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Matt Cullen picks Minnesota over Penguins

Jonathan Bombulie
| Wednesday, Aug. 16, 2017, 3:12 p.m.
The Penguins' Matt Cullen raises the Stanley Cup after beating the Predators in the Stanley Cup Final on Sunday, June 11, 2017 at Bridgestone Arena in Nashville, Tenn.
Chaz Palla | Tribune-Review
The Penguins' Matt Cullen raises the Stanley Cup after beating the Predators in the Stanley Cup Final on Sunday, June 11, 2017 at Bridgestone Arena in Nashville, Tenn.

Veteran forward Matt Cullen will play a 20th season in the NHL, but it won't be with the Penguins.

Cullen, 40, signed a one-year contract with the Minnesota Wild on Wednesday. It will pay him $1 million in base salary and up to $700,000 in bonuses.

His breakup with the Penguins was an emotional one.

Cullen was a cornerstone of two Stanley Cup championship teams after signing with the Penguins as a free agent in August of 2015. Not only was he the anchor of the team's fourth line and a trusted penalty killer, he was also a respected voice in the locker room.

Ultimately, Cullen passed up a chance at a three-peat with the Penguins for family reasons. He has three sons under age 12.

“At age 40, it's time to let the kids find some roots and settle down at home,” said Cullen, a native of Virginia, Minn. “As you go through a long career, the kids give up a lot to allow you to play. At a certain point here, it becomes more important to be fair to them, too.”

Penguins general manager Jim Rutherford said he wasn't surprised by Cullen's rationale.

“I'm disappointed, but I understand where the decision is coming from,” Rutherford said. “I knew it was always going to be family-related, and he stuck to that.”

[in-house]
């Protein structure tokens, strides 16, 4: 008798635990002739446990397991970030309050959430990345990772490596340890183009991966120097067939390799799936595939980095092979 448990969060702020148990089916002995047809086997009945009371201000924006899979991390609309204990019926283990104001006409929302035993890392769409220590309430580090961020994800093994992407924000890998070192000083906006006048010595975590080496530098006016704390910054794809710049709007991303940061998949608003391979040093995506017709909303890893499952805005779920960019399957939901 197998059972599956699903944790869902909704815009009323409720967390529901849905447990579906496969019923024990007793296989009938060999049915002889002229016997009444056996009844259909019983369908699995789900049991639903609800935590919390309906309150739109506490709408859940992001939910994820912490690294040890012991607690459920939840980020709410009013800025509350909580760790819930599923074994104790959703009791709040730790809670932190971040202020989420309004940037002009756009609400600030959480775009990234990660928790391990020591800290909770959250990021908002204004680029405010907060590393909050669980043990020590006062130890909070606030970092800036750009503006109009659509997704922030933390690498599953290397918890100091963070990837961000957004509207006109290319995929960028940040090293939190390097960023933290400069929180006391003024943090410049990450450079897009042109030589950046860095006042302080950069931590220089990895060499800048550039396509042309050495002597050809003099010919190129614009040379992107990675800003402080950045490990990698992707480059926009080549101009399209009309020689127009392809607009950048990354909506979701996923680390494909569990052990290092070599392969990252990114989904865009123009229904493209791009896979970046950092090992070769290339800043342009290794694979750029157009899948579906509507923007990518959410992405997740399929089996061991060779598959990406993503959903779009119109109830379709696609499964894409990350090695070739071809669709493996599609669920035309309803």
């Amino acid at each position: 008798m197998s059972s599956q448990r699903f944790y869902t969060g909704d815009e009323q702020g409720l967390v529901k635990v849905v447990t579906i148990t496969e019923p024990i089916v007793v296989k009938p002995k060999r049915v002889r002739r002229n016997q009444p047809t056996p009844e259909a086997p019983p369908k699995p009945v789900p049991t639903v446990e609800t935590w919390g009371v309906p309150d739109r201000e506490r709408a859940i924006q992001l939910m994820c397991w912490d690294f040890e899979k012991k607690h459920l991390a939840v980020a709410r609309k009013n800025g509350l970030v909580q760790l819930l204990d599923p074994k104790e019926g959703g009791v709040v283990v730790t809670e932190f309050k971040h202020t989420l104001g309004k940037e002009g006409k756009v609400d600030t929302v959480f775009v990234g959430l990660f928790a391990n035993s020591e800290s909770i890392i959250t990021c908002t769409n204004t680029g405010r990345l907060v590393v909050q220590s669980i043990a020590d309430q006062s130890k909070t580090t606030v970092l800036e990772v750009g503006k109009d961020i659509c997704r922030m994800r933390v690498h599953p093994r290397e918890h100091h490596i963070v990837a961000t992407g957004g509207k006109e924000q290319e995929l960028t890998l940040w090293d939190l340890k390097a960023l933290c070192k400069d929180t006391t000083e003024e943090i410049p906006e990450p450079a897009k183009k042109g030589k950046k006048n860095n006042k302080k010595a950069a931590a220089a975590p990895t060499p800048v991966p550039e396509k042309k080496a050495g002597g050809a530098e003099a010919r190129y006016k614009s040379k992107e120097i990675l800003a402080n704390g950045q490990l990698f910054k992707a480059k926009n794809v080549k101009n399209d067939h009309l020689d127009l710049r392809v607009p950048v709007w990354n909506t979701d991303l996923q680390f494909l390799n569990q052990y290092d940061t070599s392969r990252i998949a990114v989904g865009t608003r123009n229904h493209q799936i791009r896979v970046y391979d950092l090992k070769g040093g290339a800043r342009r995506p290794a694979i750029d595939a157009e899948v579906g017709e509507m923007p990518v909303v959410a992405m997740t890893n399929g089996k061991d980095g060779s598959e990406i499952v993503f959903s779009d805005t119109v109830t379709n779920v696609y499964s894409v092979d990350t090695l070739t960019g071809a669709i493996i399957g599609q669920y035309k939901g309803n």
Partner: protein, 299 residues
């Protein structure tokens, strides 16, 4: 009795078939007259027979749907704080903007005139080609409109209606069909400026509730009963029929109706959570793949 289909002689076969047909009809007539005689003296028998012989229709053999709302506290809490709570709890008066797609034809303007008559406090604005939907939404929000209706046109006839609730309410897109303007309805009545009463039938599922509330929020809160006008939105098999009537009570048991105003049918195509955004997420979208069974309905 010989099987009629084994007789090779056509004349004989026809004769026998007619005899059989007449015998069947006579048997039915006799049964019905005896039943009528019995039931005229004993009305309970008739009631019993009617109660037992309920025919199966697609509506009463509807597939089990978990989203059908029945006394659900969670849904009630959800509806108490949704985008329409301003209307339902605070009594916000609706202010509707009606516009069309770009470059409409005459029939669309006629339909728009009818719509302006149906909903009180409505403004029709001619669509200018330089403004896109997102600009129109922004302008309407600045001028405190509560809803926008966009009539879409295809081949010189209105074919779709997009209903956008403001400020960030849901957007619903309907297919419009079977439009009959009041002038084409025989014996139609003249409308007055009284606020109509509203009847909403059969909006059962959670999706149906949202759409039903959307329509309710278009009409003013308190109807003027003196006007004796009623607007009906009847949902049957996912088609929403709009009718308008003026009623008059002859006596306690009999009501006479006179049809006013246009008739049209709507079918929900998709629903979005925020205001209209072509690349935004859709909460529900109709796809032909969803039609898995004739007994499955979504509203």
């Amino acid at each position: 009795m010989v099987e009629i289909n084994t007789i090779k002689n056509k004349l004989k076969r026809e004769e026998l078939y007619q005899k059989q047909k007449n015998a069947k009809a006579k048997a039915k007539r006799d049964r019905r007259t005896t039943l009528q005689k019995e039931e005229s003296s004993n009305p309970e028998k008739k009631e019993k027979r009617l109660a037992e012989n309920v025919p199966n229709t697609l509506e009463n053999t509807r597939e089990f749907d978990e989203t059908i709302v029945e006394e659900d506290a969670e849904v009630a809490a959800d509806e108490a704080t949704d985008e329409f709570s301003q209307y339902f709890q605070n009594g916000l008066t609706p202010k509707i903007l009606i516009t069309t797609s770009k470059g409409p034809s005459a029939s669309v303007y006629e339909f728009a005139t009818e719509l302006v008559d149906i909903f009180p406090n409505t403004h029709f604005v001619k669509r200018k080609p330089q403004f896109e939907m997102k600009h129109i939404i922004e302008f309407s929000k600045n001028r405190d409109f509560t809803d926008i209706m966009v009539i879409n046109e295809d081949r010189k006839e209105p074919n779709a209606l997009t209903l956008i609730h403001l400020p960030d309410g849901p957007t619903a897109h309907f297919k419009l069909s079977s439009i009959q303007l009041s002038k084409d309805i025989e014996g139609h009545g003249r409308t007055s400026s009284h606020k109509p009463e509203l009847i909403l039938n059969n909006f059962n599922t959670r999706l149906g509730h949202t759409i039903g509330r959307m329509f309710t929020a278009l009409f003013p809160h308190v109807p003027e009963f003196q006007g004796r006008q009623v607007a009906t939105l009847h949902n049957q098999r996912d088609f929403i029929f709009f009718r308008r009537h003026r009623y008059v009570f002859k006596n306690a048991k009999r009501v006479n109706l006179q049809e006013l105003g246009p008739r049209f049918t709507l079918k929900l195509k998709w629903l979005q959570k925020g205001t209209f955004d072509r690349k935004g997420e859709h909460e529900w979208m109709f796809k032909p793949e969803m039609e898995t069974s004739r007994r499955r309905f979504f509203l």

Rutherford signed Cullen three times and traded for him once in a professional relationship that dates to 2005 in Carolina. Cullen said calling his former GM was the hardest thing he had to do Wednesday.

“Jim was the first and most difficult (call),” Cullen said. “You never want to let down the guy who has done so much for you in your career. I think Jim knows how much I think of him and how much I feel I owe him for what he's done for my career. If he hadn't made the phone call a couple of years ago, I would be coaching youth hockey right now. I owe him an awful lot. That was the most difficult.

“Calling (Sidney Crosby and Mike Sullivan), those are just not easy calls to make. They're friendships that will last forever. It's not easy to make those, but obviously they're all understanding of how it works and what went into the decision.”

For Rutherford, Cullen's decision crystallizes his plans for the rest of the offseason.

There is now little mystery about who will start the season as his team's fourth-line center. It almost certainly will be Carter Rowney, the sturdy 6-foot-2 right-hander who emerged as a capable bottom-six presence in 27 games as a 27-year-old rookie last season.

“We are comfortable with Carter Rowney,” Rutherford said. “We felt he came a long ways and played very well last year. We hope to get a little more production out of him in that fourth-line spot, but other than that, nothing's really changed.”

There is no ambiguity about the team's salary cap space. With the arbitration-eligible pair of Brian Dumoulin and Conor Sheary under contract and Cullen out of the picture, Rutherford has about $3.2 million to work with as he faces the No. 1 item on his offseason to-do list — finding a third-line center.

“We weren't looking at Matt as a third-line center,” Rutherford said. “We'll still continue to look for that guy.”

Rutherford said he's having no problems remaining patient. He reiterated Wednesday he could pick up the phone and acquire a player who could fill the role at a moment's notice.

“I've got a couple of guys I could get that I think are adequate guys,” he said.

He's willing to wait, however, to see if any more impactful centers become available at a reasonable price as teams get closer to setting their opening-night lineups.

“Still working on that,” Rutherford said. “I'll make that deal when it's one of the guys that I think has a chance to do that job properly. If that's done today, that would be fine. If it's done in November or December, we'll make it work until then.”

Jonathan Bombulie is a Tribune-Review staff writer. Reach him at jbombulie@tribweb.com or via Twitter at @BombulieTrib.

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